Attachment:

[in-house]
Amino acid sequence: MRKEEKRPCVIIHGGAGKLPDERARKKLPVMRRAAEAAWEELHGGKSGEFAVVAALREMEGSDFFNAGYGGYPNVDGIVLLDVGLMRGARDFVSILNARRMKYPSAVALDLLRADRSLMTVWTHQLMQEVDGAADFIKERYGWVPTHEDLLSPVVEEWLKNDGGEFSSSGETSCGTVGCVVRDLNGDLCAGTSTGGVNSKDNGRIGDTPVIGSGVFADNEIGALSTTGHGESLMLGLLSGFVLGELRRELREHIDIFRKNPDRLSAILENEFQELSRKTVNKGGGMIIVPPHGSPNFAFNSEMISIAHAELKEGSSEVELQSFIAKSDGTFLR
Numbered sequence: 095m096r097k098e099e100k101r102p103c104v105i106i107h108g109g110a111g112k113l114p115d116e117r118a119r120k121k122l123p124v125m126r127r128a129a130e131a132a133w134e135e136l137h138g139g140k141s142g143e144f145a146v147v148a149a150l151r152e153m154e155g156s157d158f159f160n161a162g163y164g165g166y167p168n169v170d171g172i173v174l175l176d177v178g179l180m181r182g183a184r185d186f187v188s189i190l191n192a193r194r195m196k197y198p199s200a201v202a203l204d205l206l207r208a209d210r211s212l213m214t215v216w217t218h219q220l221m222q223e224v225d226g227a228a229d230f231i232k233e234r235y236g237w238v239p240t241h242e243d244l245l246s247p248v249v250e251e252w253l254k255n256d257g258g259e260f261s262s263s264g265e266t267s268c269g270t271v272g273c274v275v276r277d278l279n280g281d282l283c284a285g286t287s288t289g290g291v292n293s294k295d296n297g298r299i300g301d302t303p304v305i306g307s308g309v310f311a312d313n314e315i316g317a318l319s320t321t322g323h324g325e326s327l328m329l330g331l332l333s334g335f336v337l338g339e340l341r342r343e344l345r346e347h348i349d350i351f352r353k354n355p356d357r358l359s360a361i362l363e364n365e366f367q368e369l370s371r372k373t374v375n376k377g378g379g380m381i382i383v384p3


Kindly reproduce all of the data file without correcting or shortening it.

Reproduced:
[in-house]
Amino acid sequence: MRKEEKRPCVIIHGGAGKLPDERARKKLPVMRRAAEAAWEELHGGKSGEFAVVAALREMEGSDFFNAGYGGYPNVDGIVLLDVGLMRGARDFVSILNARRMKYPSAVALDLLRADRSLMTVWTHQLMQEVDGAADFIKERYGWVPTHEDLLSPVVEEWLKNDGGEFSSSGETSCGTVGCVVRDLNGDLCAGTSTGGVNSKDNGRIGDTPVIGSGVFADNEIGALSTTGHGESLMLGLLSGFVLGELRRELREHIDIFRKNPDRLSAILENEFQELSRKTVNKGGGMIIVPPHGSPNFAFNSEMISIAHAELKEGSSEVELQSFIAKSDGTFLR
Numbered sequence: 095m096r097k098e099e100k101r102p103c104v105i106i107h108g109g110a111g112k113l114p115d116e117r118a119r120k121k122l123p124v125m126r127r128a129a130e131a132a133w134e135e136l137h138g139g140k141s142g143e144f145a146v147v148a149a150l151r152e153m154e155g156s157d158f159f160n161a162g163y164g165g166y167p168n169v170d171g172i173v174l175l176d177v178g179l180m181r182g183a184r185d186f187v188s189i190l191n192a193r194r195m196k197y198p199s200a201v202a203l204d205l206l207r208a209d210r211s212l213m214t215v216w217t218h219q220l221m222q223e224v225d226g227a228a229d230f231i232k233e234r235y236g237w238v239p240t241h242e243d244l245l246s247p248v249v250e251e252w253l254k255n256d257g258g259e260f261s262s263s264g265e266t267s268c269g270t271v272g273c274v275v276r277d278l279n280g281d282l283c284a285g286t287s288t289g290g291v292n293s294k295d296n297g298r299i300g301d302t303p304v305i306g307s308g309v310f311a312d313n314e315i316g317a318l319s320t321t322g323h324g325e326s327l328m329l330g331l332l333s334g335f336v337l338g339e340l341r342r343e344l345r346e347h348i349d350i351f352r353k354n355p356d357r358l359s360a361i362l363e364n365e366f367q368e369l370s371r372k373t374v375n376k377g378g379g380m381i382i383v384p3